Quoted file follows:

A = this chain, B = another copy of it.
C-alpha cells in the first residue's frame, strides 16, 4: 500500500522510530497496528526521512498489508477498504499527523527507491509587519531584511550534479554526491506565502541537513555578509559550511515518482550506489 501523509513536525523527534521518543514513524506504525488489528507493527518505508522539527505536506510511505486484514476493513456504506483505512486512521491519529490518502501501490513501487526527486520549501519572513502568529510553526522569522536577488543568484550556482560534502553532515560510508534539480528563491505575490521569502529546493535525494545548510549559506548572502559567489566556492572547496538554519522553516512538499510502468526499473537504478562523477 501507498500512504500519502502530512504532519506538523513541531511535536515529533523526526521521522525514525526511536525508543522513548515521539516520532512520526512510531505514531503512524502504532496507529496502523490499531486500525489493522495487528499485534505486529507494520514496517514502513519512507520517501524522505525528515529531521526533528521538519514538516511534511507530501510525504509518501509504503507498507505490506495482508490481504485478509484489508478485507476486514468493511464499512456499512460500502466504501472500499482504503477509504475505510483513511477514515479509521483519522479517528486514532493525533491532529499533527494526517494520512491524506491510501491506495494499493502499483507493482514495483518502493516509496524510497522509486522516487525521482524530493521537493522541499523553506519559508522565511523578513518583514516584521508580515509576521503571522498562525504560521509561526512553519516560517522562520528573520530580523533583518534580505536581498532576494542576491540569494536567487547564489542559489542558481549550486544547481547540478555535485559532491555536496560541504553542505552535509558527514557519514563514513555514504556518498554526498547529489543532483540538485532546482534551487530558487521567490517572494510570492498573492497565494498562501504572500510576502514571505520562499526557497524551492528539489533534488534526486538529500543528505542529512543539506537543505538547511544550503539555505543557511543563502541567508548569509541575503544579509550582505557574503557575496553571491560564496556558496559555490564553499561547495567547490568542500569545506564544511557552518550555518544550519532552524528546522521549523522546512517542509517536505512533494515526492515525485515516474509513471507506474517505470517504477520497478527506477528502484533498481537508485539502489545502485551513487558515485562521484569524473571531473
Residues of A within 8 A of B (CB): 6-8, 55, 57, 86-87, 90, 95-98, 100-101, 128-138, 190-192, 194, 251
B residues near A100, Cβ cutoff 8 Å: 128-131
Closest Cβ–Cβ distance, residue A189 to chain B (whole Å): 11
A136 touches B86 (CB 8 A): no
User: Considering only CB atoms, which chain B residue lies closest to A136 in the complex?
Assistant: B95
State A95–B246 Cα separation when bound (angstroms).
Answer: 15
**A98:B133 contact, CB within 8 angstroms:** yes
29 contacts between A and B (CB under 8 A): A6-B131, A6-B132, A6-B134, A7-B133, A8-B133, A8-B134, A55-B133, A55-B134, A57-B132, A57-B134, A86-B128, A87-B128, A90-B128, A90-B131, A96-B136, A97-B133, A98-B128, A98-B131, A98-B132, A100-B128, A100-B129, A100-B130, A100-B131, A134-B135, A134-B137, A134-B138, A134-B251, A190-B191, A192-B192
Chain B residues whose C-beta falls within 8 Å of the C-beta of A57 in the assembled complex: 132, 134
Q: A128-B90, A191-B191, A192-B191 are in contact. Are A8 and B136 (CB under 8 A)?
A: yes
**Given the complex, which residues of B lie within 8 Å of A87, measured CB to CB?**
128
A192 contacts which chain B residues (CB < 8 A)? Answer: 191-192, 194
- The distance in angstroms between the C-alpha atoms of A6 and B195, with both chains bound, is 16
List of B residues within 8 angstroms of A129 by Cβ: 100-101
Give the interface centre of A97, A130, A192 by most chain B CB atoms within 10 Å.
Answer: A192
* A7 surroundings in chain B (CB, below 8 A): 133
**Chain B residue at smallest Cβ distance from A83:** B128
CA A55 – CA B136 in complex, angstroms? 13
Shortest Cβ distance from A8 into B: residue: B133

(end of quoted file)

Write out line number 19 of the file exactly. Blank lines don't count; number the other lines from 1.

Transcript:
- The distance in angstroms between the C-alpha atoms of A6 and B195, with both chains bound, is 16